Let’s also clear up one thing: the terminology. I have always said “laundromat.” I don’t think it’s a regional term, but it’s the one I grew up with, even though we had a washer and dryer in our house. I have seen many variations over the years and over the miles: “Laundrymat,” “Laundermat,” “Laundramat,” “Launder-Mat” and others, including the minimalist “Laundry.” “Coin-Op,” “Self-Serve,” and “Hour Wash” may also be appended to the sign. The variations are endless, but the idea is the same: “wash your clothes here.”
When you live in a town and use the local laundromat all the time, it might be a necessary evil, a place that you resign yourself to, a place to avoid, a place to gossip, a place to do chores. If you’re passing through, though, and if you’re a photographer, a writer, chronicler or simply a voyeur, it assumes different dimensions. When you’re in strange territory all day, day after day, far from home, any human interaction becomes more precious. This is especially true if you travel alone, as I usually do.
Doing clothes at a laundromat with a friend or lover on the road can be fun, it can be a shared chore, but it can also be a place where the argument continues in public or where you can steal a few moments away from that other person. When you’re alone and have been hanging out in your own head all day, maybe howling at the moon or wondering what’s up back home, a laundromat can become a special respite, an incredibly temporary place of low-level intimacy.
It’s a place where you can fold your clothes from home in a neat little pile and then load them into the duffel bag in the back of the truck. It’s a place where you might strike up a short conversation – always a risk, I might add – with a stranger and reveal yourself a little bit, possibly stealing some human contact at the expense of the poor soul who’s just trying to do their wash. It can be a place where you read the road atlas and try to figure out which way you’re going to head when you get out of town and the speed limit signs go from “30” back up to “70.”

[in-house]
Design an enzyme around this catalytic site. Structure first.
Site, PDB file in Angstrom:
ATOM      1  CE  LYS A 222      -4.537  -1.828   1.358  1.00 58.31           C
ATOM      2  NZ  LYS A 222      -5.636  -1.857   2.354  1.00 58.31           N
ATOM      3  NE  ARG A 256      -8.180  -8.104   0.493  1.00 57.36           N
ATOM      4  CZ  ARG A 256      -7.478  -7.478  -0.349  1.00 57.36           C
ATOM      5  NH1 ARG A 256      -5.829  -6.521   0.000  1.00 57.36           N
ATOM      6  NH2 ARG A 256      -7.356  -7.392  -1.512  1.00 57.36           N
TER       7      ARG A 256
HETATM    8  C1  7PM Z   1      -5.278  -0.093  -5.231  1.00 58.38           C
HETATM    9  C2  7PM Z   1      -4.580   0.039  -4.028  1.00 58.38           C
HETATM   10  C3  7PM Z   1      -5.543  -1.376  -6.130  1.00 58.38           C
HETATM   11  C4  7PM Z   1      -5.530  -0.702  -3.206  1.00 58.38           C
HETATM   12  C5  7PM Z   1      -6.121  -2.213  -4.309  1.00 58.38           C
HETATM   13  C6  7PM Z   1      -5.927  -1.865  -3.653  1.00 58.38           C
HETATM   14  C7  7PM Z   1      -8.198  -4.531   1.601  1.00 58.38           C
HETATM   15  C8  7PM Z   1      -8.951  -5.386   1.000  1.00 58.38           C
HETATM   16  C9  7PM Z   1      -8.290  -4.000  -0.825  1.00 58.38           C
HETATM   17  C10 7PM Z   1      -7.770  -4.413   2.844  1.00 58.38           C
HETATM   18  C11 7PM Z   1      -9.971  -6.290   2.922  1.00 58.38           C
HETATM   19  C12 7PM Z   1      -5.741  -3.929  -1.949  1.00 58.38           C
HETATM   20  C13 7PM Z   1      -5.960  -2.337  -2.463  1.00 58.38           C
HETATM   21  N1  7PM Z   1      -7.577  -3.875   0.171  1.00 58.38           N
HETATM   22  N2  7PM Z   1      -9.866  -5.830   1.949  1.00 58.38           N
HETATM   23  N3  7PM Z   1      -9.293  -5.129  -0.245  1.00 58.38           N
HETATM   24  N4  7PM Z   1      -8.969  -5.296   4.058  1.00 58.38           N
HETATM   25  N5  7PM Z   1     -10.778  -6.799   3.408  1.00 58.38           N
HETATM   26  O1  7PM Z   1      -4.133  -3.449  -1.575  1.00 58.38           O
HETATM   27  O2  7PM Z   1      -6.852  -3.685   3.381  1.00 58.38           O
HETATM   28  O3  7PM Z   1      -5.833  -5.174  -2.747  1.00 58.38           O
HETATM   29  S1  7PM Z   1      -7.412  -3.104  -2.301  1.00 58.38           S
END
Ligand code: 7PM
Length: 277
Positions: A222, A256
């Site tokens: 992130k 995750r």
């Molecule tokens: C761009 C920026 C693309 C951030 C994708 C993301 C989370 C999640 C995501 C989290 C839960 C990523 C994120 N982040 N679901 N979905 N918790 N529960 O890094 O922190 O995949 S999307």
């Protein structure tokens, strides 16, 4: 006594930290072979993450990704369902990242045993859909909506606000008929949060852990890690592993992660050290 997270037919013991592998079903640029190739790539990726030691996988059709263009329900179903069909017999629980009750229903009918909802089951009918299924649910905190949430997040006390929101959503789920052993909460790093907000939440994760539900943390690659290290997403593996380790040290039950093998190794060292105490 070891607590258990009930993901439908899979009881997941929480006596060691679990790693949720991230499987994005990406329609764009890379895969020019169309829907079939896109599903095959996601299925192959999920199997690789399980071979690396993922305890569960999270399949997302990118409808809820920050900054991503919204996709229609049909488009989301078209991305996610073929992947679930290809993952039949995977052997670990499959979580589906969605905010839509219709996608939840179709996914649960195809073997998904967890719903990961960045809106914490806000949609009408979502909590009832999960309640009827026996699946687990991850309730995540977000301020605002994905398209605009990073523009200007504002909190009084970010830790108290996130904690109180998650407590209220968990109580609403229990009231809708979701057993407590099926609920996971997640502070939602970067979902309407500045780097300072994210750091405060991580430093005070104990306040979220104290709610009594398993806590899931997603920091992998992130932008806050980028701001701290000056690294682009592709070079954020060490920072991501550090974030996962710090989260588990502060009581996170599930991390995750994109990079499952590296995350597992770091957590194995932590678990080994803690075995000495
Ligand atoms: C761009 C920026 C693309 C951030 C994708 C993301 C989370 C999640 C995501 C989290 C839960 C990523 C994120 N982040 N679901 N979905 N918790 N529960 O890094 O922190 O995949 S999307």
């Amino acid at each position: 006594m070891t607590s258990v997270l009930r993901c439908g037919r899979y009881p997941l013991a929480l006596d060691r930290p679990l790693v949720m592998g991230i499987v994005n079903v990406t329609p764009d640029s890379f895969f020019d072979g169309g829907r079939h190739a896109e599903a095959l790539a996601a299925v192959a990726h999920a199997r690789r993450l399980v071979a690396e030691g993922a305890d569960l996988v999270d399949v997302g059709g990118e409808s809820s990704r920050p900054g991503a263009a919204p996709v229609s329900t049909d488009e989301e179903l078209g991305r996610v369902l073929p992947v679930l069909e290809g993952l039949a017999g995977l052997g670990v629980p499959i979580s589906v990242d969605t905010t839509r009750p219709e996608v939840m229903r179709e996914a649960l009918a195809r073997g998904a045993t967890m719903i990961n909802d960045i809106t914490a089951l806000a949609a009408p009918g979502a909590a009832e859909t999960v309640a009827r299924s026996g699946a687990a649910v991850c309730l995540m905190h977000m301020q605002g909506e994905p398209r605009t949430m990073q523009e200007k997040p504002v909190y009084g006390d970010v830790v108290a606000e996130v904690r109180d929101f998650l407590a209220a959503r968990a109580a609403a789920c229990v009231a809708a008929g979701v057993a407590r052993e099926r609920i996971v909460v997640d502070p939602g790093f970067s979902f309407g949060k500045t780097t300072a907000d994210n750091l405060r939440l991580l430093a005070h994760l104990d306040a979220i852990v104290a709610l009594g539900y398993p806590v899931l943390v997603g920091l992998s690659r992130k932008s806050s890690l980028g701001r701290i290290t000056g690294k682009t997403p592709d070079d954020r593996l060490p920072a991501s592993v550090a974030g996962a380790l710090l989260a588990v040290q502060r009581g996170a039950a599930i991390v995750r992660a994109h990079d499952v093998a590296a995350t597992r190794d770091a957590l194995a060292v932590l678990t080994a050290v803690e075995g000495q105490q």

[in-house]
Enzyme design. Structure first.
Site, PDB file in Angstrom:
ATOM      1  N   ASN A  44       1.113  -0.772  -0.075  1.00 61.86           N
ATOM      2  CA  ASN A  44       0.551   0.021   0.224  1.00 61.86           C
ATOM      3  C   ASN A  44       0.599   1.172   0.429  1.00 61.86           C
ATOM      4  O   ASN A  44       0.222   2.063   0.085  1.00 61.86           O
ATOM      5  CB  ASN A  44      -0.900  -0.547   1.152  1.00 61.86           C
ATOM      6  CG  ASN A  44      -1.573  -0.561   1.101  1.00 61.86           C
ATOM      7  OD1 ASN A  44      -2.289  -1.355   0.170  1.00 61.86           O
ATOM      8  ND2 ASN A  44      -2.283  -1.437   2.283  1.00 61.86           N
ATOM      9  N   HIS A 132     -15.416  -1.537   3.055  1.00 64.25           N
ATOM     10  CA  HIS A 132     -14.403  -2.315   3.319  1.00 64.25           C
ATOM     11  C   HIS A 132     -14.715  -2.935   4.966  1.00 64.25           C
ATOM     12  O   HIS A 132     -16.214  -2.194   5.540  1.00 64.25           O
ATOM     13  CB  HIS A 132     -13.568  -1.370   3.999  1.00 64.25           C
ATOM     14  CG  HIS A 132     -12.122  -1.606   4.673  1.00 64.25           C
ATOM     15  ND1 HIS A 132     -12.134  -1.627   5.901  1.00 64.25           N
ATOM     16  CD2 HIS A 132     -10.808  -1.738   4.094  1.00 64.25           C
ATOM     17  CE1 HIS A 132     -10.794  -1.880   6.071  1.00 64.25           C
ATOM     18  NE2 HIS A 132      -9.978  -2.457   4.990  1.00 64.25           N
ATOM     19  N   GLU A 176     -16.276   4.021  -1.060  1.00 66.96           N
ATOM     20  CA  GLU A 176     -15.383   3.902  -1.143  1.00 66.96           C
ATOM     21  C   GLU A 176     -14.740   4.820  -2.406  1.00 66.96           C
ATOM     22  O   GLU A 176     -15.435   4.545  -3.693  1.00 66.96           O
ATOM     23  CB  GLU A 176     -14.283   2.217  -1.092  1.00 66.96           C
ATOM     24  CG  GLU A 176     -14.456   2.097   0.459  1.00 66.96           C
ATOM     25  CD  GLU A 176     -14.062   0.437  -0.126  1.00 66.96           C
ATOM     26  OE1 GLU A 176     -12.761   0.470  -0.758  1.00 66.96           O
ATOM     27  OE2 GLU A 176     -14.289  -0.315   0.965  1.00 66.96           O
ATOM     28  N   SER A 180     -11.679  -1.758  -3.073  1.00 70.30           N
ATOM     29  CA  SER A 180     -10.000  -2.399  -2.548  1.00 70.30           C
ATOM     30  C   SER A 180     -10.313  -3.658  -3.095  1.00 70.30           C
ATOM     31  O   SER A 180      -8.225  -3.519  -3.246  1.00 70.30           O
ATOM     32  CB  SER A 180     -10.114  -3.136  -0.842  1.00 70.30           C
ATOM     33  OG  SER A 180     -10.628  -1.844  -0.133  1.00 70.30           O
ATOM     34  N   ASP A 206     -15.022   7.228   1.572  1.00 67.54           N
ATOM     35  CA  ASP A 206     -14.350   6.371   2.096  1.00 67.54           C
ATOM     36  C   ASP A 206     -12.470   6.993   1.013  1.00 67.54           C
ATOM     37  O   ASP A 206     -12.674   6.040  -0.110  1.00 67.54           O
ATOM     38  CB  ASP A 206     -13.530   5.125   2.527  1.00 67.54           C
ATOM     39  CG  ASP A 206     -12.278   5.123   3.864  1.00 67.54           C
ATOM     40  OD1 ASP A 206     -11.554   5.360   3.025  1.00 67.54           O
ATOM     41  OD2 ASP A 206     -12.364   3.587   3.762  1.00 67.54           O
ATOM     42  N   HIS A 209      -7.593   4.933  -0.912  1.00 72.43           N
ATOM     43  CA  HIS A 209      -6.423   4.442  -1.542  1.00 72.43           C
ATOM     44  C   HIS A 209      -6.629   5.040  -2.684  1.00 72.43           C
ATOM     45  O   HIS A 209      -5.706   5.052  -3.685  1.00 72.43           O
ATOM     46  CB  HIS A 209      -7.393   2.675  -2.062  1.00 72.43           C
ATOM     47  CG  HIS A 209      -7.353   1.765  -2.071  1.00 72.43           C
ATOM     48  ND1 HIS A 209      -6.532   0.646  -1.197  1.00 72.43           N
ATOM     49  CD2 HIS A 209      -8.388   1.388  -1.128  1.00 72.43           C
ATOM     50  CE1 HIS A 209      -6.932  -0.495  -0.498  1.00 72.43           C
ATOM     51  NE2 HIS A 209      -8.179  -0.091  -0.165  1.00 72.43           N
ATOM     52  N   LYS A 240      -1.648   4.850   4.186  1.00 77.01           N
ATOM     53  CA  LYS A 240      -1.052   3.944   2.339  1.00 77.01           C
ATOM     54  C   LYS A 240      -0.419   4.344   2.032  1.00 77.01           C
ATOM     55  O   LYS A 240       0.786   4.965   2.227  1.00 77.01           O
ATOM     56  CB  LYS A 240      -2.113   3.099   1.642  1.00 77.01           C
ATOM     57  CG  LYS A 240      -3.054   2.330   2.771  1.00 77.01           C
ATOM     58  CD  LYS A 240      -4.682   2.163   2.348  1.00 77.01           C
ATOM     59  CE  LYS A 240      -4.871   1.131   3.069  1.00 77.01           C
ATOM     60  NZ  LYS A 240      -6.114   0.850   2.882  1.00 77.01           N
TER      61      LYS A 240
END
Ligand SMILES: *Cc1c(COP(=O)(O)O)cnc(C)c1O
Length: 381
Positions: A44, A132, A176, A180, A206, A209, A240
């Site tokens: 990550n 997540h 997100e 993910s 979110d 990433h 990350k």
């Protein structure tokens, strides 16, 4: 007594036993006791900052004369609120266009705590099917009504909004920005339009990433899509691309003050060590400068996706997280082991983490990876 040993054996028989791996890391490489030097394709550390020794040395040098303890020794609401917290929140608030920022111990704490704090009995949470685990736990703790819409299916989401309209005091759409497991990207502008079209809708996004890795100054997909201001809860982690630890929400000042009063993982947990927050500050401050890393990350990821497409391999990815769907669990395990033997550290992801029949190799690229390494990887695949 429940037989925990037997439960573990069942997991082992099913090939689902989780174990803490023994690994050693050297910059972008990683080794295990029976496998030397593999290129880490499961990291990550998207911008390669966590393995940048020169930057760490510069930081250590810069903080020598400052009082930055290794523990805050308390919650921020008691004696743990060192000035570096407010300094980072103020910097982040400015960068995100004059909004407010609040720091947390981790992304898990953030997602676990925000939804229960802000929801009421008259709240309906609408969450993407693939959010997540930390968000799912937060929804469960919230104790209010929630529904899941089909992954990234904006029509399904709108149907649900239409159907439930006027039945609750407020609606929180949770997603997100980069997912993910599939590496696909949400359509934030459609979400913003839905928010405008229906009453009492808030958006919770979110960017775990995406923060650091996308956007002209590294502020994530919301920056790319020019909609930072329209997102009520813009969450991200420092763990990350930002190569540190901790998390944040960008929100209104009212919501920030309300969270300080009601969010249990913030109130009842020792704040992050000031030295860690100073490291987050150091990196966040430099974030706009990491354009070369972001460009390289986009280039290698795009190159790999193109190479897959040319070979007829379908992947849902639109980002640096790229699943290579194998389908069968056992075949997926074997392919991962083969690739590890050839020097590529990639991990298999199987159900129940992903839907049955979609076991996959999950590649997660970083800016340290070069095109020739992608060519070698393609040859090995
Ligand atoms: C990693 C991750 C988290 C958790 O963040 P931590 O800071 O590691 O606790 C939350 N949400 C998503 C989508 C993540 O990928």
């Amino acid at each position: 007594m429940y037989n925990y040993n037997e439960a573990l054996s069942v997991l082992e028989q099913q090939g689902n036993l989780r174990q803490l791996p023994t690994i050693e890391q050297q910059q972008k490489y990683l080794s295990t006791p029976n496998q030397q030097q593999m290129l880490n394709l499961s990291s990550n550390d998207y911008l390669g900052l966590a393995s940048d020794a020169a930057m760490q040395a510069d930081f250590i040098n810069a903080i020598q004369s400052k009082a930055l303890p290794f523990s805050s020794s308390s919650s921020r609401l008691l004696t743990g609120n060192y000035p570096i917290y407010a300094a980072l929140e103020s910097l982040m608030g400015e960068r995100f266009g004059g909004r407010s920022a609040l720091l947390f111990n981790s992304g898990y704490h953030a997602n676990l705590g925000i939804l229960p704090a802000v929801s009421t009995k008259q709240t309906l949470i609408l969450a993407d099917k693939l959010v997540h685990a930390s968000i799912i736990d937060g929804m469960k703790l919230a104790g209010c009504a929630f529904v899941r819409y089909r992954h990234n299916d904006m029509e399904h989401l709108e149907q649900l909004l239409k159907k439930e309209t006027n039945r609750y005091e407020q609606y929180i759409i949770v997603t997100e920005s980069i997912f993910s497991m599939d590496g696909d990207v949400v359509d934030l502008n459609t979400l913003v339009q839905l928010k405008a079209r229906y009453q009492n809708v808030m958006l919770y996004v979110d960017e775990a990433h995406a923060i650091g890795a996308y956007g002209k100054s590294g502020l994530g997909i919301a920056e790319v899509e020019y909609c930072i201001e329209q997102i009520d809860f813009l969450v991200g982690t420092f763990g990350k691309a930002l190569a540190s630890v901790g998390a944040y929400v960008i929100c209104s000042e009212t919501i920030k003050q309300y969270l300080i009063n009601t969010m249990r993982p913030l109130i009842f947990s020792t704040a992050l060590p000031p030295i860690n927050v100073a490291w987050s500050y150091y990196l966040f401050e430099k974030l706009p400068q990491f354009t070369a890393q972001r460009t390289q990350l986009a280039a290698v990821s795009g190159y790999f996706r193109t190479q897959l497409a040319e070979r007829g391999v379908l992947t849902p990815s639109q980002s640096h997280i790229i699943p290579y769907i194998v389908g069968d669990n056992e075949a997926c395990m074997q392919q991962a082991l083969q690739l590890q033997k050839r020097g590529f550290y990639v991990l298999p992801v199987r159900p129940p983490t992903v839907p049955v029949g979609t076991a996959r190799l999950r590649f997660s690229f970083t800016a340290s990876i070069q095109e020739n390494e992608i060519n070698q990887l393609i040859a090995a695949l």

If you’re in a motel for the night, it’s a way to get out of your room – the Weather Channel on the TV and the camera bag high on the shelf, away from any possible bed bugs. You can do a load and partake of the transient community for an hour – “transient” in the true sense of the word, as in “brief” or “impermanent.” I rarely talk with others in the shared wash room of a motel, but it’s an excuse to walk around the halls for a bit. A seasoned traveler on the open road always carries detergent and quarters. You never know where your next wash is going to occur.
Often, laundromats are next door to car washes, so you can clean your car while your load is spinning. If you’re really efficient, you might pull a trick that I discovered only recently, which is to wash any dirty dishes and pots with a high pressure hose at the local car wash. You drive into town filthy and you leave clean. “Mens sana in corpore sano,” as the Romans used to say, the Roman named Juvenal, specifically. It translates to “a healthy mind in a healthy body,” but I bastardize it into “clean mind, clean body.” Ah, if it were only so easy. Still, it’s better to have clean clothes and a dirty mind than to be filthy inside and out.
Do we need to talk about the metaphysics of cleanliness? Best leave that to another column, possibly two months from now. For, unless some other topic comes up that begs to be addressed, I can already feel a “Part Two” coming on. I have stories, my friends, stories of laundry and laundromats and I feel the need to share them with you. Until the next load…